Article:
phase and a small peak in the G2/M phase, this pattern is compatible with tissues that are renewed. The presence of apoptosis in the epidermis is a common phenomenon both in the morphogenesis of the fetal skin and in maintaining the skin in adults. An example is the mechanism of apoptosis activated during the normal process of differentiation of keratinocytes. Apoptotic cells can be found occasionally in normal human keratinocyte differentiation and activation caspase during apoptosis is apparently required for the normal loss of the nucleus [15]. In control groups studies found apoptosis in the frequency of 0.29%. The presence of aneuploidy in normal skin is not expected. The fact that 0.01% of the cells of the skin can be explained by aneuploidy detection by flow cytometry of cell population in an interface of the separation of daughter cells. Moreover, the presence of aneuploidy cells is characteristic of tumors. Of the 42 BCC studied, 31 samples showed aneuploidy cells. In the BCC, there are many publications with only occasional [13, 16,17]. The only study with a large number of cases [18] showed average of 19% of aneuploidy in 509 BCC studied. Unfortunately, this is a service of summons and could not recover it or explain the reason for the signifycant difference with our findings (73.8% of samples of BCC with cellular aneuploidy). There is evidence of the association of ploidy to prognosis of solid tumors thus diploid DNA indicates less aggressive behavior and better prognosis of the tumor, whereas DNA aneuploidy, more aggressive behavior and worse prognosis [19]. Aneuploidy was seen by Q-banding method in more than half of the cases and was mostly loss of the sex chromosome [20]. Applied to work on skin cancer are few and still controversial. So far, studies exist which relate the possible differences between histology subtypes of BCC with low and high risk of recurrence using the index as a measure of DNA, which is one of the purposes of this research. Comparing the average percentage of aneuploidy in BCC cells of low and high risk and could show differences between them low and high risk; this may be a parameter of prognostic index in the BCC. The development of BCC might be correlated with aneuploidy, which acquired accumulation of genetic mutations [9]. Only two studies tried to analyze the DNA of cells of BCC by flow cytometry and differentiate those according morphological and histological aspects. The studies revealed that, BCC with differential keratotic and metatypical had larger amounts of aneuploidies that the BCC without differentiation keratotic (solid and cystic) [21, 22]. It is known that the fractions of S and G2/M cell cycle population progressively increased in cells of the area non-exposed to solar radiation, exposed area and tumor tissue [16]. All tumors analyzed in this study showed the average percentage of cells in S phase of cell cycle increased in relation to normal skin. Associated with aneuploidy, the proliferative index, the rate of cells in S phase is another possible indicator of prognosis of the biological aggressiveness of solid tumors [23]. DNA aneuploidy or tetraploidy and histology of well differentiated squamous cell carcinoma were significantly associated with metastasis to regional lymph nodes [24]. The correlation between the fractions of cells in S phase with aggressiveness of the tumors studied showed that among the high risk BCC show the S fraction higher than the low risk of BCC. The analysis of DNA content from skin cells of normal controls shows that the majority is in the G0/G1 phase of the cell cycle, a small percentage in S phase and G2/M phase in standard compatible tissue renewal. Various kinds of tumors in the percentage of cells in G0/G1 phase was shown to be lower than the controls, total BCC, low and high risk. Among the differences between BCC tumors are low risk and high risk, showing that the greater the cellular in tumors. The G2/M phase represents, together with the S phase, cells with higher proliferative capacity. In all tumors studied noticed an increase in the percentage of cells in this phase is correlated with increased aggressiveness of the tumor. The apoptosis is related to the physiological regulation of homeostasis in tissues. Most cancer cells exhibit defective apoptotic mechanisms or develop mechanisms to evade apoptosis, allowing them to develop in an uncontrolled way. Thus, restoring apoptosis is a promising way to treat cancers. In fact, some treatments already function by the apoptosis mechanism. All tumors studied showed percentages of cells in apoptosis greater than normal skin. Among the differences between BCC tumors were of high and low risk. Apoptosis is controlled by the regulatory system of growth of tissues in the body. It is modulated by events in the transduction of signals and depends on the activation of the expression of genes in cell death. The proto-oncogene Bcl-2, located on chromosome 18, encodes an inner mitochondrial protein that protects cells from apoptosis. Translocation of this gene leads to over expression of this product, with consequent inhibition of programmed cell death and increased survival of normal and neoplastic cells. The Bcl-2 alone is not sufficient for neoplastic transformation, but the cells that survive the translocation of Bcl-2 are targets for the addition of genetic changes and, eventually, a malignant clone can be produced. Ultraviolet radiation (UVR) is the factor of greatest importance in the development of BCC. The UVR leads to changes in the DNA of cells and these are removed by the process of apoptosis. The lack of regulation of expression of Bcl-2, also induced by UVR, suppresses cell death leading to the accumulation of oncogene mutations and selection of more aggressive cell clones. Probably, in oncogenesis, the mutation of proto-oncogene Bcl-2 leads to inhibition of apoptosis and increased survival of normal and neoplastic cells. Later, once the tumor developed, their proliferation leads to an attempt to programmed cell death increased to contain its expansion. Previous studies have shown that BCC cells express Bcl-2 and p53, more intensely, the less aggressive [25-30]. Therefore, the higher the aggressiveness of the BCC, lower expression of Bcl-2 and, consequently, greater apoptosis as observed in our cases. The study of apoptosis of tumor cells of BCC of nonaggressive behavior and aggressive by other methods showed also that non-aggressive BCC have lower rates of apoptosis, that aggressive which is a parameter that can give the poor prognosis tumor. High-risk BCCs are characterized by one or more of the following: an increased probability of subclinical extension, incomplete excision, aggressive local invasive behavior, and local recurrence [31]. Tumor microenvironment refers to the unique properties of tissue microenvironment conferred by abnormal interactions between tumor and host cells. In normal skin, cellular debris are represented by amorphous materials such as keratin, collagen, elastin, reticulin and cellular components as dead keratinocytes, endothelial cells, inflammatory and others. In tumors, cellular debris is made of tumor stroma matrix and tumor cells killed by cell degeneration or necrosis. The percentage of total debris and dead cells with DNA fragmented is lower in normal skin than in tumors, perhaps due to the fact that there is increased proliferation in tumors, most cellular components and, consequently, a greater proportion of cell death. Among the tumors noted that there are differences. The reduced amount of cellular debris observed between the various types is associated with greater severity. It was not possible to compare the size of tumors or time of evolution with the amount of cellular debris.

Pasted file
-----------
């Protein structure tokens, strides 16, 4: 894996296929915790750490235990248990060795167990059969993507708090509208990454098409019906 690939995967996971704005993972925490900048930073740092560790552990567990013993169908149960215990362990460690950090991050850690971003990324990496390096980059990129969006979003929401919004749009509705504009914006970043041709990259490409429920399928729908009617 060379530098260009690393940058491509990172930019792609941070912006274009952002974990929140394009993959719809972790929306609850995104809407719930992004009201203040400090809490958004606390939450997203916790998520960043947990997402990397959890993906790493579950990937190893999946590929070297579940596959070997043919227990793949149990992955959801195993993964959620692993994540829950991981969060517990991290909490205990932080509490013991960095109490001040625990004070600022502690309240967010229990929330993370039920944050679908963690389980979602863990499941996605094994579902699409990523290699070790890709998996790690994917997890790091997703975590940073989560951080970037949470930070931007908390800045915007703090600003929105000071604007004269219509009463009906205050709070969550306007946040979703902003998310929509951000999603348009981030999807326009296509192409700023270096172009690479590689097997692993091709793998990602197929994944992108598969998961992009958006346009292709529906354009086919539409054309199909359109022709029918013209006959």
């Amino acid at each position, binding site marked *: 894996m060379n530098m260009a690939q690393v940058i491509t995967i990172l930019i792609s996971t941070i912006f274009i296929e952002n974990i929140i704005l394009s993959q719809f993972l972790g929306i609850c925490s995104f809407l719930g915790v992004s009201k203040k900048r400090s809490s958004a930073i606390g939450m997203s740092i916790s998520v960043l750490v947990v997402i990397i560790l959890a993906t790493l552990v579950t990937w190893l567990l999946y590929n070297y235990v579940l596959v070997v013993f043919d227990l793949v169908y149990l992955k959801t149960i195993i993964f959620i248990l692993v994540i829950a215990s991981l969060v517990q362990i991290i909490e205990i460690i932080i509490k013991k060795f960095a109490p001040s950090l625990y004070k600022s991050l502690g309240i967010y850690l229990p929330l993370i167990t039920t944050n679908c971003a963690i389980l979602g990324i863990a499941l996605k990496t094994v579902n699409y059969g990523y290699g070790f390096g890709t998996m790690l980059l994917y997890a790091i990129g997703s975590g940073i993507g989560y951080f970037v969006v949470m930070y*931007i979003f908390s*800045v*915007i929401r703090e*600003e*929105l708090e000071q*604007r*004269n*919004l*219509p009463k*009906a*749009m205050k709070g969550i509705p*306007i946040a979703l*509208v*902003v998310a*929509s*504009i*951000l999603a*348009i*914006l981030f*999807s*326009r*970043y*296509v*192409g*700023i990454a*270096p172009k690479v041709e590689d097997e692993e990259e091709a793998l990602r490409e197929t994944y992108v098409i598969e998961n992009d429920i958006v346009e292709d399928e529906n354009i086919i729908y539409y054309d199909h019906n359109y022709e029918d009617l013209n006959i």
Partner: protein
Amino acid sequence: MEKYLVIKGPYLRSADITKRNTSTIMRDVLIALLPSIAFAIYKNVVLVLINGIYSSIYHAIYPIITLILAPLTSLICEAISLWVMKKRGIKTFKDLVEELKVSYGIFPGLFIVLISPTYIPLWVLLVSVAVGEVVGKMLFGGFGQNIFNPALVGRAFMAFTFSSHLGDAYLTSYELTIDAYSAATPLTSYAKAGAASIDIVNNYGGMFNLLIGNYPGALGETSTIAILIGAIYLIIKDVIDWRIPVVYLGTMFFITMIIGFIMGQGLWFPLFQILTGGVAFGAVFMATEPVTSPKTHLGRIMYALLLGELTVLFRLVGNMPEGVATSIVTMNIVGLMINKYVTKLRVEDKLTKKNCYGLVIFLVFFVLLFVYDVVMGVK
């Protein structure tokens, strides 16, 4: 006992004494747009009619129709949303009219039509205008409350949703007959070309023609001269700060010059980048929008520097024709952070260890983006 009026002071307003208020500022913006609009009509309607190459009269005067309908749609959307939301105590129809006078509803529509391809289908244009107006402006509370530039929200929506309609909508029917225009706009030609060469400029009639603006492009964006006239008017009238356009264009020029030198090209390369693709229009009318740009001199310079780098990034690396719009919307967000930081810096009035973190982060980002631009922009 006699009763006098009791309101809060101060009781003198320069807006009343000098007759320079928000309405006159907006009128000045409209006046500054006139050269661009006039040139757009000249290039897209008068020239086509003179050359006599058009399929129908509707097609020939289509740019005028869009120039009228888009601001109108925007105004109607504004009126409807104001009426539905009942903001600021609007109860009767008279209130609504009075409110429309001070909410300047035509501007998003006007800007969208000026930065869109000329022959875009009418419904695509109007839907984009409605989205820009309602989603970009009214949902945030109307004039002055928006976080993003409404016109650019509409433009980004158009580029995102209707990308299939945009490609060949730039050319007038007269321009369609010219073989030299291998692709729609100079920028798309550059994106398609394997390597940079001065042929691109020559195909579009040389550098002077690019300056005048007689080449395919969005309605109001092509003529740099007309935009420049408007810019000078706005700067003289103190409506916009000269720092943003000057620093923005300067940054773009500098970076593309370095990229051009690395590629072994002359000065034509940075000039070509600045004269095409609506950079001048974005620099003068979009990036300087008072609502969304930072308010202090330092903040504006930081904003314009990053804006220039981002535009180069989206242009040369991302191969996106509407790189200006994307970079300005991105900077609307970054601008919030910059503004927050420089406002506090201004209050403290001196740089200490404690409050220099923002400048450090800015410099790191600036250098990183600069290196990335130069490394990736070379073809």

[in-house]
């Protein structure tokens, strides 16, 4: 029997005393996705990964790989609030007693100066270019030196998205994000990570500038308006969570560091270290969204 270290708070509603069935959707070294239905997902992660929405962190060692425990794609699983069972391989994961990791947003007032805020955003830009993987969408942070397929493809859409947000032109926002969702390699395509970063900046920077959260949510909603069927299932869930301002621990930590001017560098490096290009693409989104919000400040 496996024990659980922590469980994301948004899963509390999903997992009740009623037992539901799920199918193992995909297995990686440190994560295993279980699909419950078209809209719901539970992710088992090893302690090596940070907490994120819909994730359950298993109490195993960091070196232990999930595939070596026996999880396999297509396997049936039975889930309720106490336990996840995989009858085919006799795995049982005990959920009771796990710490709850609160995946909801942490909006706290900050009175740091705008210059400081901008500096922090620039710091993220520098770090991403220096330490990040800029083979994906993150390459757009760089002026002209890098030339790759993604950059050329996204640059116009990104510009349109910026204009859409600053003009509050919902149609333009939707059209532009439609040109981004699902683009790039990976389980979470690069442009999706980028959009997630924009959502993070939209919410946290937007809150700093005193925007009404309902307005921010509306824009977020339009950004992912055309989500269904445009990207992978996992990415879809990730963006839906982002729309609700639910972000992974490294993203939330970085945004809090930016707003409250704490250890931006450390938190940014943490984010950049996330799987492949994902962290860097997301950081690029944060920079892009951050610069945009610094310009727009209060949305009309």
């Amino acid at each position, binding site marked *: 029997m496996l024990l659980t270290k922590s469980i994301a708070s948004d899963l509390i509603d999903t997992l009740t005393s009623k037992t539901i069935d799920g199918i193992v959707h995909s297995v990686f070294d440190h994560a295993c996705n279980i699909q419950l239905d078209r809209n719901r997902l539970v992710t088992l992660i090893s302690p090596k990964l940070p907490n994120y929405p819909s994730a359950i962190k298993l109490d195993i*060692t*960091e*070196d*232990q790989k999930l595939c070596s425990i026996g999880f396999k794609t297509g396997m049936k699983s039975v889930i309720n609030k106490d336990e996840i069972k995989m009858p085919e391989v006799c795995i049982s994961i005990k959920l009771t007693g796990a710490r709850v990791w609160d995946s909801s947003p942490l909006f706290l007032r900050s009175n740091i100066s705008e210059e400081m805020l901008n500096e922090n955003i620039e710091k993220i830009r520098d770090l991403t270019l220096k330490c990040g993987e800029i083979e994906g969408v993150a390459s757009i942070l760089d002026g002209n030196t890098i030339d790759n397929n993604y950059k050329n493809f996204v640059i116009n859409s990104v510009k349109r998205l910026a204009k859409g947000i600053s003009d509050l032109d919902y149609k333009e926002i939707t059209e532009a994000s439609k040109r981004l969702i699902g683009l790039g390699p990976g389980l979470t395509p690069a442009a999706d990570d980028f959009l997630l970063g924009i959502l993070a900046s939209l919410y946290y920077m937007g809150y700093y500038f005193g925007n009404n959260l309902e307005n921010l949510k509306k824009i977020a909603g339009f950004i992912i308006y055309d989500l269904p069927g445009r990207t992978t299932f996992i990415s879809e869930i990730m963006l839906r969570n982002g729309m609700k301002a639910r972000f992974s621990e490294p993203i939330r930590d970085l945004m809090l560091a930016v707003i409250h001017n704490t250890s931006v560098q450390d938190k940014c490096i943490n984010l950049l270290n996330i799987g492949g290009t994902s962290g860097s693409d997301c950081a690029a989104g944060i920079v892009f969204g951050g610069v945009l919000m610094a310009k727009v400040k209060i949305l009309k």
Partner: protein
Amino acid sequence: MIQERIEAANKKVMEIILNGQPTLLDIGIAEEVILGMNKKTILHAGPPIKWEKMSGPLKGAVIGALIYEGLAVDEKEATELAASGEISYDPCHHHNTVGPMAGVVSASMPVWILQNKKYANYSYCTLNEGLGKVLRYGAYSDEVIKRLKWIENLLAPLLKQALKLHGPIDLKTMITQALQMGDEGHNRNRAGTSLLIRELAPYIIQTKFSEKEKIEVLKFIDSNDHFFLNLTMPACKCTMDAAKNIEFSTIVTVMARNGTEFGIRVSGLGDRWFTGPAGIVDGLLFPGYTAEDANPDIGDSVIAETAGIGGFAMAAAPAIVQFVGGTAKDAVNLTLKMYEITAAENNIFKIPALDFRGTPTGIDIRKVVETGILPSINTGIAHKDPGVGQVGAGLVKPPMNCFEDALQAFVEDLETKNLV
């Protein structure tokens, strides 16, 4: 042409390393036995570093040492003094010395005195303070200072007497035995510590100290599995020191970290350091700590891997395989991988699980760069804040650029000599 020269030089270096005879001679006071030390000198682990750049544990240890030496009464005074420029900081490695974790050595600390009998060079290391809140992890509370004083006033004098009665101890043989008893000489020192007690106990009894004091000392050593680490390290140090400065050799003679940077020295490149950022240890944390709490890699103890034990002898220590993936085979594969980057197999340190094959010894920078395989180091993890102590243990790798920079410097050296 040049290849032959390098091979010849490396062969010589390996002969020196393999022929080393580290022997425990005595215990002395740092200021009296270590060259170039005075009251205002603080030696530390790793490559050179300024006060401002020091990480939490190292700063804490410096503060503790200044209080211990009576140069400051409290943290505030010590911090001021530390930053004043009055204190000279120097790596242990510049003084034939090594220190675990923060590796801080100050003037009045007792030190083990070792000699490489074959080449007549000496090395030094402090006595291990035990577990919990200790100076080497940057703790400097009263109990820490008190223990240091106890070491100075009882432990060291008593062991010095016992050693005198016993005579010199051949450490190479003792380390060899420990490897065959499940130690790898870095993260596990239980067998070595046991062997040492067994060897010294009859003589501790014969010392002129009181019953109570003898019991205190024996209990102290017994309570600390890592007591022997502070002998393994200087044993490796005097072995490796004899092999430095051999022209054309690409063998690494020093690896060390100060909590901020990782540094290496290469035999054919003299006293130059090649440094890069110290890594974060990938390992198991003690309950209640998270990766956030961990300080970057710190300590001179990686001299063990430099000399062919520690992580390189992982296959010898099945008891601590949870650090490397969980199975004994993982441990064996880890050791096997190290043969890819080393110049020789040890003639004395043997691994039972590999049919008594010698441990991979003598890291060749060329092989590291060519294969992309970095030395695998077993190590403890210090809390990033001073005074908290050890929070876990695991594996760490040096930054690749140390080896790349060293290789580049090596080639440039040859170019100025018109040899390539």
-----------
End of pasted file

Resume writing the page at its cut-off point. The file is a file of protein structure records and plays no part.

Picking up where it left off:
In summary, the analysis of DNA from cells of normal skin shows that the majority is in the G0/G1 phase, a small percentage in S phase and G2/M phase in the small peak, standard, compatible with tissues that are is refreshing. Intrinsic biological factors and extrinsic management factors play a role in the development and progression of aggressive BCC. DNA ploidy and cell cycle has been simultaneously assessed in a large series of skin tumors to explore the prognostic value of DNA ploidy status and direct correlation with the degree of tumor aggressiveness.